Huarong Draws State Enterprises to Scaled-Back $2.5 Billion IPO

  • Cornerstone investors to buy up to 71% of Huarong offering
  • Bad-loan manager's current owners scrap plans to offload stock

China Huarong Asset Management Co., the nation’s biggest bad-loan manager, is seeking to raise as much as $2.5 billion from a scaled-back initial public offering in Hong Kong.

The company is offering 5.77 billion new shares at HK$3.03 to HK$3.39 apiece, after two existing investors decided not to sell stock in the deal, according to a term sheet obtained by Bloomberg on Thursday. Ten firms agreed to buy a combined $1.61 billion of shares as cornerstone investors, accounting for 71 percent of the IPO at the low end of the marketed range, the terms show.

Huarong attracted cornerstone investments from a group of mostly state-owned enterprises to help it complete Hong Kong’s biggest IPO since the start of a $5 trillion Chinese stock rout. The deal will add to the $21 billion raised through first-time share sales in the city this year, data compiled by Bloomberg show.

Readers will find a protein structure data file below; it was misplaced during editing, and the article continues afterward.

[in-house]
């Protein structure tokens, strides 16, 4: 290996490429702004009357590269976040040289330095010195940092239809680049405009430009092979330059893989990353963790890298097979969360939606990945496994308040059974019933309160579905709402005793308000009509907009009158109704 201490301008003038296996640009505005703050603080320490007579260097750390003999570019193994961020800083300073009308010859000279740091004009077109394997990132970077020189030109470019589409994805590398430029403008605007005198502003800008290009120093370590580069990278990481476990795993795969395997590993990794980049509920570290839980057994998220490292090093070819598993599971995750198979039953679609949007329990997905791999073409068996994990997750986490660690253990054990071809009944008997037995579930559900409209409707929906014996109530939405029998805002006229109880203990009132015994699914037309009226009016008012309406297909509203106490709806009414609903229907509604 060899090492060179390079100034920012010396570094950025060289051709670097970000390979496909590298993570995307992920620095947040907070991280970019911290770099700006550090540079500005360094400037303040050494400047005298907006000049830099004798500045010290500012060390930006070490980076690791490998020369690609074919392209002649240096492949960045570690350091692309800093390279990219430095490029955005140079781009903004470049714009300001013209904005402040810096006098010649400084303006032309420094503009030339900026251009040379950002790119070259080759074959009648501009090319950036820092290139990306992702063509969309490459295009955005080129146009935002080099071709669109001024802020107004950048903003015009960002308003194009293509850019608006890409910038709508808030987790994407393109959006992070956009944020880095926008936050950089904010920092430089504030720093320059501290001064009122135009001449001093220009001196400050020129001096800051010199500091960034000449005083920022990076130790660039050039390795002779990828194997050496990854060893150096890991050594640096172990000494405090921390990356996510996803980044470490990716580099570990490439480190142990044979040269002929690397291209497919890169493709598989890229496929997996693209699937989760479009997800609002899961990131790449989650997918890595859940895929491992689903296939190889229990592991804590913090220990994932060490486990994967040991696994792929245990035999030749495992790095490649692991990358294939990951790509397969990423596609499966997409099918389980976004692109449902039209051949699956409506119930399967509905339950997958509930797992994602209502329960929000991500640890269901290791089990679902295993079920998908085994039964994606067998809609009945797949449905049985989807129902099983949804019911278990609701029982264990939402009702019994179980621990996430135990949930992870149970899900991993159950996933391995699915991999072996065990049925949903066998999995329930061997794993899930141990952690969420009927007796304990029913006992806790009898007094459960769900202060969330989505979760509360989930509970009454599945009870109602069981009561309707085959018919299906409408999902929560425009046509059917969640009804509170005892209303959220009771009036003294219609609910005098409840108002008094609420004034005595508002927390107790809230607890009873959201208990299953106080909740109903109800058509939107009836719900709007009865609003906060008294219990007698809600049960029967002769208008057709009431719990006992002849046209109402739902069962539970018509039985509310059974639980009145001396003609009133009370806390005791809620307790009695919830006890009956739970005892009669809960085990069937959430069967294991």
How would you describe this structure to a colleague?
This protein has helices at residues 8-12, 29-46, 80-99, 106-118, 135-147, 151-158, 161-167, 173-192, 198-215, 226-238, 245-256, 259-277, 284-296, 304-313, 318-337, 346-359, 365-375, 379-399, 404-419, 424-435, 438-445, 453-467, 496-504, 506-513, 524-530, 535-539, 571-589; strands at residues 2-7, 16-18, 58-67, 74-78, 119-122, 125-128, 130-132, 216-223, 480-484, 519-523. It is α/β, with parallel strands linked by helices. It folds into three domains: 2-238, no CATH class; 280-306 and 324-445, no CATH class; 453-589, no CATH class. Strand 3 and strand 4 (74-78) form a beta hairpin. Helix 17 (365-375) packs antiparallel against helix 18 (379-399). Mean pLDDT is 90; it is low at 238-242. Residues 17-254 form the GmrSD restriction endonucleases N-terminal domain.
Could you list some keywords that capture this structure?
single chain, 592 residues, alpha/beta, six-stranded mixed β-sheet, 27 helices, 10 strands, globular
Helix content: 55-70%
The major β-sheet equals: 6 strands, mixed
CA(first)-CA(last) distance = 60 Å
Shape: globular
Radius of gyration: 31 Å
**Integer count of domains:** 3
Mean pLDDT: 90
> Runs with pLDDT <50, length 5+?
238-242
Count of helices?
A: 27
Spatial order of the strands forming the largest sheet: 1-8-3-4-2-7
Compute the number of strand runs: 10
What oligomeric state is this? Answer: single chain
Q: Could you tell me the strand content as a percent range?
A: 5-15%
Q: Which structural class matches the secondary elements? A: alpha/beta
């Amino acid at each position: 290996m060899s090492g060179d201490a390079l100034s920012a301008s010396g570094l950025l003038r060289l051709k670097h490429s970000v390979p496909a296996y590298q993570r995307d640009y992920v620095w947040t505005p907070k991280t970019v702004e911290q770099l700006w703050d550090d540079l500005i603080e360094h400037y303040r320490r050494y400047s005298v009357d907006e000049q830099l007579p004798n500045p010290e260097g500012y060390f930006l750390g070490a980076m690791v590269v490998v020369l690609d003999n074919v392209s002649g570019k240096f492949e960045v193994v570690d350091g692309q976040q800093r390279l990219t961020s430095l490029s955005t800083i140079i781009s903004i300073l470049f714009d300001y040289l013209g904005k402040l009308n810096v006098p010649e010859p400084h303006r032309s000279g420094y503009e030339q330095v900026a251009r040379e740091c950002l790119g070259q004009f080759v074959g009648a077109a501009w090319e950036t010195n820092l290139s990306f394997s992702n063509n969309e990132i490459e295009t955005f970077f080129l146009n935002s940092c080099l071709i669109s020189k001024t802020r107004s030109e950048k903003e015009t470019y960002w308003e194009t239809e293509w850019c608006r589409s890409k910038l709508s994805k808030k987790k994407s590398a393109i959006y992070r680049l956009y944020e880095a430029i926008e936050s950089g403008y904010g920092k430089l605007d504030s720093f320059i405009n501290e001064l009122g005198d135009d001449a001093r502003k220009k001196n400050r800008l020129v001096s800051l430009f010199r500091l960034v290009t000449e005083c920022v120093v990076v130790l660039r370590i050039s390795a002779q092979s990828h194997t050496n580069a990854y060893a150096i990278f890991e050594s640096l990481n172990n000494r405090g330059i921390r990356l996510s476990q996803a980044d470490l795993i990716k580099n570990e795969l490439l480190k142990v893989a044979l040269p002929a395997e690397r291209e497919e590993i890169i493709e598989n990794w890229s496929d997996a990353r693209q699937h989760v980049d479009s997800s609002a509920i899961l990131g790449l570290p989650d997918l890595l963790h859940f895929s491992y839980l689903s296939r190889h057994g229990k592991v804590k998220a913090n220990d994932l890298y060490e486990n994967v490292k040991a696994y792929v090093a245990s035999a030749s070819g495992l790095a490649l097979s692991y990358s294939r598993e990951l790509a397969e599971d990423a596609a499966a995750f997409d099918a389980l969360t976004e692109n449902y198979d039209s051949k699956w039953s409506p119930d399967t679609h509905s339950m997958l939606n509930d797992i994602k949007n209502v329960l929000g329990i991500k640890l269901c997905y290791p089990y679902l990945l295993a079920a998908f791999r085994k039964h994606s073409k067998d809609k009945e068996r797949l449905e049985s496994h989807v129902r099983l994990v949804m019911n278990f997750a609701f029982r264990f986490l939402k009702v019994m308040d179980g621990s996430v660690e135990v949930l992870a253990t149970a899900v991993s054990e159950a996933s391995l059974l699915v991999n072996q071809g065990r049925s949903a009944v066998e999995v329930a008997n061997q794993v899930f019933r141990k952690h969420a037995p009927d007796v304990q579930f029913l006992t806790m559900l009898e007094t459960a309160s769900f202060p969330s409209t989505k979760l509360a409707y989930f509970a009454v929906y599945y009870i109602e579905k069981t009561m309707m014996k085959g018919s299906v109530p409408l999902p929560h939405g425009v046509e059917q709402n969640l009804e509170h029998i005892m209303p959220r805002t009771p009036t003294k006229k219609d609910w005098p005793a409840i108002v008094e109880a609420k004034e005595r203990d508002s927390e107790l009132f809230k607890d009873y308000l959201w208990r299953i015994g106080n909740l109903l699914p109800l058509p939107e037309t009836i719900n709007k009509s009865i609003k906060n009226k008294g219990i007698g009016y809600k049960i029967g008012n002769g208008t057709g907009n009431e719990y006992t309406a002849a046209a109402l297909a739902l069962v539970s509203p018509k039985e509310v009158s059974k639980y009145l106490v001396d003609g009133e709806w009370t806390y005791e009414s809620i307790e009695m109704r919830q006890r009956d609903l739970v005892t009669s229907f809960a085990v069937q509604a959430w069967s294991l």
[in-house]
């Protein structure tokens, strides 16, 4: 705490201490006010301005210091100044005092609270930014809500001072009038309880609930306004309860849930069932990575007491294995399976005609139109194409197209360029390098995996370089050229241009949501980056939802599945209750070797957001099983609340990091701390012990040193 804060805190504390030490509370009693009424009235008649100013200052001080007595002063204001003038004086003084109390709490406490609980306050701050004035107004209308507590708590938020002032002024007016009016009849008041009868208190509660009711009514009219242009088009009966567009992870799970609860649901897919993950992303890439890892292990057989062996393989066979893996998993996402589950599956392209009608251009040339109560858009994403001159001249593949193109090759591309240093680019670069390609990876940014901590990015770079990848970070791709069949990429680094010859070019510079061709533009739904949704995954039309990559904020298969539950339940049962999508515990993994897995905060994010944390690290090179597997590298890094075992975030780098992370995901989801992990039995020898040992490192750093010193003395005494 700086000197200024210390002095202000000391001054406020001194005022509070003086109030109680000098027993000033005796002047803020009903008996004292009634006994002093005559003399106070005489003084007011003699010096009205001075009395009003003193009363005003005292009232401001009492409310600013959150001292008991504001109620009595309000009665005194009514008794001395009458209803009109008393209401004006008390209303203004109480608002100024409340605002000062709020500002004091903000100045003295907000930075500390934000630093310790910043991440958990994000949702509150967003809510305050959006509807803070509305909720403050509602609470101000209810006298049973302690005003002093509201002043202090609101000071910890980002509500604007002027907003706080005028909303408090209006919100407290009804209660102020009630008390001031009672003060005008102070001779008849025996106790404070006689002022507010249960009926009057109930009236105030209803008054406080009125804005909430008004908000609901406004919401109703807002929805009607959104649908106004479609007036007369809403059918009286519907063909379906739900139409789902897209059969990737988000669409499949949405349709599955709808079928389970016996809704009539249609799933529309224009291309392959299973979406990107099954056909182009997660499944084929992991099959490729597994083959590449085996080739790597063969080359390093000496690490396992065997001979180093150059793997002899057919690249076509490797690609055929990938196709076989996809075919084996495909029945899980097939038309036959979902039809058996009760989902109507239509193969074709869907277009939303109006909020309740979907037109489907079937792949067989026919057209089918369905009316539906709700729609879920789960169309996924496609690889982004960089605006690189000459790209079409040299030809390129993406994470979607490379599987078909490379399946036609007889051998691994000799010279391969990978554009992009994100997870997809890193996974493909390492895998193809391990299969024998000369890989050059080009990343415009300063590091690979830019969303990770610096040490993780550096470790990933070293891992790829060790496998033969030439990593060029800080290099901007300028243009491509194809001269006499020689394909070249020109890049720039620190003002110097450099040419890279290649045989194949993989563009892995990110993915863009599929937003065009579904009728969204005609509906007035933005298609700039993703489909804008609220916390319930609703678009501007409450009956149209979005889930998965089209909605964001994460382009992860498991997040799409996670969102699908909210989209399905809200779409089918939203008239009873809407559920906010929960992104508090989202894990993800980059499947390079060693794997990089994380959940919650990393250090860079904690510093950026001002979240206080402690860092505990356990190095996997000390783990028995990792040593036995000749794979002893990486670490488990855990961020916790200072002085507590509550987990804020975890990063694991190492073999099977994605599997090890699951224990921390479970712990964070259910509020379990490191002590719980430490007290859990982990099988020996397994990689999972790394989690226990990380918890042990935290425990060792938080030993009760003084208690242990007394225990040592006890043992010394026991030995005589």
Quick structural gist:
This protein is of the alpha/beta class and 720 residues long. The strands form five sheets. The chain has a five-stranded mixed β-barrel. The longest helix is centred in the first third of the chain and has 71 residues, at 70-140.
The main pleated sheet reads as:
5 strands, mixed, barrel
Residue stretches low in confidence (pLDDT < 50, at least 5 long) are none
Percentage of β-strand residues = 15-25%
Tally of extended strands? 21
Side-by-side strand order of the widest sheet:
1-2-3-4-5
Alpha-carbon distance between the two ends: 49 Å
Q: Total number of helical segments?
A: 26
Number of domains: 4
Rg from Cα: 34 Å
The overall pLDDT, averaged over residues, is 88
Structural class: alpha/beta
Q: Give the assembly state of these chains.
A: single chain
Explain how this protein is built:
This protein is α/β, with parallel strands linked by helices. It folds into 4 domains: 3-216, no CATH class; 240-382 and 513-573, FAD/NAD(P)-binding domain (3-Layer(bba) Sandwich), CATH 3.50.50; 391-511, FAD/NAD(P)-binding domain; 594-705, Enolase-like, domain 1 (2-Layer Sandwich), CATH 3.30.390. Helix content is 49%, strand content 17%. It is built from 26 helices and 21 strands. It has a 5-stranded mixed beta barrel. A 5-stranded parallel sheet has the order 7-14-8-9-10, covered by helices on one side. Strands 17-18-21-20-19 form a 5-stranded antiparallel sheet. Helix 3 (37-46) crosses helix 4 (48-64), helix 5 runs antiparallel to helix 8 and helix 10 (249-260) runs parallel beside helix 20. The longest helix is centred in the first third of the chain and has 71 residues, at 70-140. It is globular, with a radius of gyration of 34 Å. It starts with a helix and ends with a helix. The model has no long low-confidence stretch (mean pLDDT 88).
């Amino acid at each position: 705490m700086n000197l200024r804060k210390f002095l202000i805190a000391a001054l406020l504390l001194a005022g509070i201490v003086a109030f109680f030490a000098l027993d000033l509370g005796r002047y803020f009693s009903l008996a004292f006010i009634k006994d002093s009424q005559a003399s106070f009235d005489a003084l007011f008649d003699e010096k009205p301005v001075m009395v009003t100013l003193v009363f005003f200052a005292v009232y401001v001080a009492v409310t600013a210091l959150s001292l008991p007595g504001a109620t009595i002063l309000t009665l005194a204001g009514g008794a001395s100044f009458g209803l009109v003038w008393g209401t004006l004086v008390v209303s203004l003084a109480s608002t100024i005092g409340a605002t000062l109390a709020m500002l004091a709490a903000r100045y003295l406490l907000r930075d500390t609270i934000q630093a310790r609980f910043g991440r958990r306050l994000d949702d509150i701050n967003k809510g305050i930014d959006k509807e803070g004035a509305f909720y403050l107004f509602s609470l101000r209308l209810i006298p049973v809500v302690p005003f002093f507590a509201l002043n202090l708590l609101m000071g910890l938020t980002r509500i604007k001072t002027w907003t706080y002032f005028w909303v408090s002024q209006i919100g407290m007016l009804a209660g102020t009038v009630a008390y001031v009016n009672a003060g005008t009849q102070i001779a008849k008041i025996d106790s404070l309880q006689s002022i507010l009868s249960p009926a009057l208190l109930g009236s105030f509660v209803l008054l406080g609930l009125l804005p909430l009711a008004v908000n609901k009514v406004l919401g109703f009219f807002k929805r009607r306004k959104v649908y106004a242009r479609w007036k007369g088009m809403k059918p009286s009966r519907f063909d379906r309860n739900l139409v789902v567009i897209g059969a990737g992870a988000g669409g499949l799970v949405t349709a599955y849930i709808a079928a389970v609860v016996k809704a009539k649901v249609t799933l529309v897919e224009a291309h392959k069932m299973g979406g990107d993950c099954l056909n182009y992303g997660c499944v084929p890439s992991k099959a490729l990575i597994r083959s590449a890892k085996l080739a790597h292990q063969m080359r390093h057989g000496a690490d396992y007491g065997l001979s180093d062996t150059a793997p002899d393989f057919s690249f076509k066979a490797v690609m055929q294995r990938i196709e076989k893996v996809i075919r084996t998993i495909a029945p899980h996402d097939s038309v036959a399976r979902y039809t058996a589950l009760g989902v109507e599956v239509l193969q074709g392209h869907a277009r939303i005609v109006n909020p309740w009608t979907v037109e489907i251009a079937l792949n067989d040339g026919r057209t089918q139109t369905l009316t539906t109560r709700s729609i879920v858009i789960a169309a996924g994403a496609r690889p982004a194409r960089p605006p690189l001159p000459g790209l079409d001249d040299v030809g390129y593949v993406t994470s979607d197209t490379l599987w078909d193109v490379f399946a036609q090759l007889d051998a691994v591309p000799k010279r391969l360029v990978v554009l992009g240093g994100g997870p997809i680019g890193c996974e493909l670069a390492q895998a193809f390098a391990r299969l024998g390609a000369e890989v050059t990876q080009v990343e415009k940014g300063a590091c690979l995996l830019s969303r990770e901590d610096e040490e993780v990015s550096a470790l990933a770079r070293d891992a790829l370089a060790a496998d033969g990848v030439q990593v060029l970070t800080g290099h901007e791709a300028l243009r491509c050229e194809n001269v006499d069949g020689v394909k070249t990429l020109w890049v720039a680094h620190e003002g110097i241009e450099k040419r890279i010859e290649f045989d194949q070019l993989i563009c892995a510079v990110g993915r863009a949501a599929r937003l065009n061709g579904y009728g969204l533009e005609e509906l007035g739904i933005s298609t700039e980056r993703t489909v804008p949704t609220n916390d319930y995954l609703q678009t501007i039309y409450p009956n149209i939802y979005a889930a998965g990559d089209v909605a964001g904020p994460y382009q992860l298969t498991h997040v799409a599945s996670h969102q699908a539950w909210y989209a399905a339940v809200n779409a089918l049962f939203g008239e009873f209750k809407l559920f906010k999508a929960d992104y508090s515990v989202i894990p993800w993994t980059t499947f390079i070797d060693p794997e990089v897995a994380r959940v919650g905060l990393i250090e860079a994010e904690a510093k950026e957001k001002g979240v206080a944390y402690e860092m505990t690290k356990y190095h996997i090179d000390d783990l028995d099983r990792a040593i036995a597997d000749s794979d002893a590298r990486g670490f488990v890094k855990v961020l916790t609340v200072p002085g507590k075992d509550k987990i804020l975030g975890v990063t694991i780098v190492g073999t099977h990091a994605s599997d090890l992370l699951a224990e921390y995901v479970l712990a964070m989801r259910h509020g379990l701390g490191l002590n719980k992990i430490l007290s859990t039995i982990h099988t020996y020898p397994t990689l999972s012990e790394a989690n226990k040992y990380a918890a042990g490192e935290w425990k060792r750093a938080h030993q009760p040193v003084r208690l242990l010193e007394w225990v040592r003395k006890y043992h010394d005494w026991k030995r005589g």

Sino-Ocean Land Holdings Ltd. will buy $680 million of stock in the offering, while State Grid Corp. of China will invest $300 million, according to the terms. Hong Kong’s Emperor Group, which runs jewelry, brokerage and entertainment businesses, and its chairman Albert Yeung will invest a combined $100 million.

China General Nuclear Power Corp. and China Ocean Shipping Group Co., known as Cosco, will each buy $50 million of stock. Cornerstone investors typically agree to hold on to their stock for six months in return for guaranteed allocation.

Two Huarong shareholders, China’s Ministry of Finance and Cofco Corp., were previously planning to sell shares in the offering, which would have brought the IPO size to $2.8 billion, people with knowledge of the matter said earlier this month. The deal now includes only new shares being sold by Huarong.

Huarong is one of four Chinese companies set up by the government in 1999 to clean up state-owned banks. The bad-loan manager had more than 600 billion yuan ($94.6 billion) of total assets at the end of last year, its website shows.

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